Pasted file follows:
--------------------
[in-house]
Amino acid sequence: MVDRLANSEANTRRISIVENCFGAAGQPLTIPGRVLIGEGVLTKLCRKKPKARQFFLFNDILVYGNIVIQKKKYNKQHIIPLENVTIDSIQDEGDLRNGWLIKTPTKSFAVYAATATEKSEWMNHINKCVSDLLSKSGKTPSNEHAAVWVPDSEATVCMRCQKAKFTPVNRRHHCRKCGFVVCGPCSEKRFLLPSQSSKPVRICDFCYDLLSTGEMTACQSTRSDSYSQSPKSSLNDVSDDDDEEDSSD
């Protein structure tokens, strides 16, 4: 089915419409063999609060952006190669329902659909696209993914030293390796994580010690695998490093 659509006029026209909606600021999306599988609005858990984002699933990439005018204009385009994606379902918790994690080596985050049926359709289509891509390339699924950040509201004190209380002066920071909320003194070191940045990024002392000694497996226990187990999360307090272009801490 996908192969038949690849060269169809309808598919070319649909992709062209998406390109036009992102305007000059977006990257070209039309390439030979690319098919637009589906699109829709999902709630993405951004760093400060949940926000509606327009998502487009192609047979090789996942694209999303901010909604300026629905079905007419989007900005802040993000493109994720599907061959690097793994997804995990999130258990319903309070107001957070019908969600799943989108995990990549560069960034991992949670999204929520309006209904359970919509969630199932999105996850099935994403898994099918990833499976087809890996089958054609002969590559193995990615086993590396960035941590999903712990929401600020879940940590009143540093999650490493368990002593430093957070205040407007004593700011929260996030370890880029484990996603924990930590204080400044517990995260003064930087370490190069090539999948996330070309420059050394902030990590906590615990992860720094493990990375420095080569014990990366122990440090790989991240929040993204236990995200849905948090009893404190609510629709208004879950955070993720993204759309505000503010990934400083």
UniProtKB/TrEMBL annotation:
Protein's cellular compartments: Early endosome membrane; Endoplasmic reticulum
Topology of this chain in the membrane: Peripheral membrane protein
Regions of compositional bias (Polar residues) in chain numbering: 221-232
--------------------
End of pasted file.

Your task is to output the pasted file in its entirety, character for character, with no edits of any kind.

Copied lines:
[in-house]
Amino acid sequence: MVDRLANSEANTRRISIVENCFGAAGQPLTIPGRVLIGEGVLTKLCRKKPKARQFFLFNDILVYGNIVIQKKKYNKQHIIPLENVTIDSIQDEGDLRNGWLIKTPTKSFAVYAATATEKSEWMNHINKCVSDLLSKSGKTPSNEHAAVWVPDSEATVCMRCQKAKFTPVNRRHHCRKCGFVVCGPCSEKRFLLPSQSSKPVRICDFCYDLLSTGEMTACQSTRSDSYSQSPKSSLNDVSDDDDEEDSSD
């Protein structure tokens, strides 16, 4: 089915419409063999609060952006190669329902659909696209993914030293390796994580010690695998490093 659509006029026209909606600021999306599988609005858990984002699933990439005018204009385009994606379902918790994690080596985050049926359709289509891509390339699924950040509201004190209380002066920071909320003194070191940045990024002392000694497996226990187990999360307090272009801490 996908192969038949690849060269169809309808598919070319649909992709062209998406390109036009992102305007000059977006990257070209039309390439030979690319098919637009589906699109829709999902709630993405951004760093400060949940926000509606327009998502487009192609047979090789996942694209999303901010909604300026629905079905007419989007900005802040993000493109994720599907061959690097793994997804995990999130258990319903309070107001957070019908969600799943989108995990990549560069960034991992949670999204929520309006209904359970919509969630199932999105996850099935994403898994099918990833499976087809890996089958054609002969590559193995990615086993590396960035941590999903712990929401600020879940940590009143540093999650490493368990002593430093957070205040407007004593700011929260996030370890880029484990996603924990930590204080400044517990995260003064930087370490190069090539999948996330070309420059050394902030990590906590615990992860720094493990990375420095080569014990990366122990440090790989991240929040993204236990995200849905948090009893404190609510629709208004879950955070993720993204759309505000503010990934400083």
UniProtKB/TrEMBL annotation:
Protein's cellular compartments: Early endosome membrane; Endoplasmic reticulum
Topology of this chain in the membrane: Peripheral membrane protein
Regions of compositional bias (Polar residues) in chain numbering: 221-232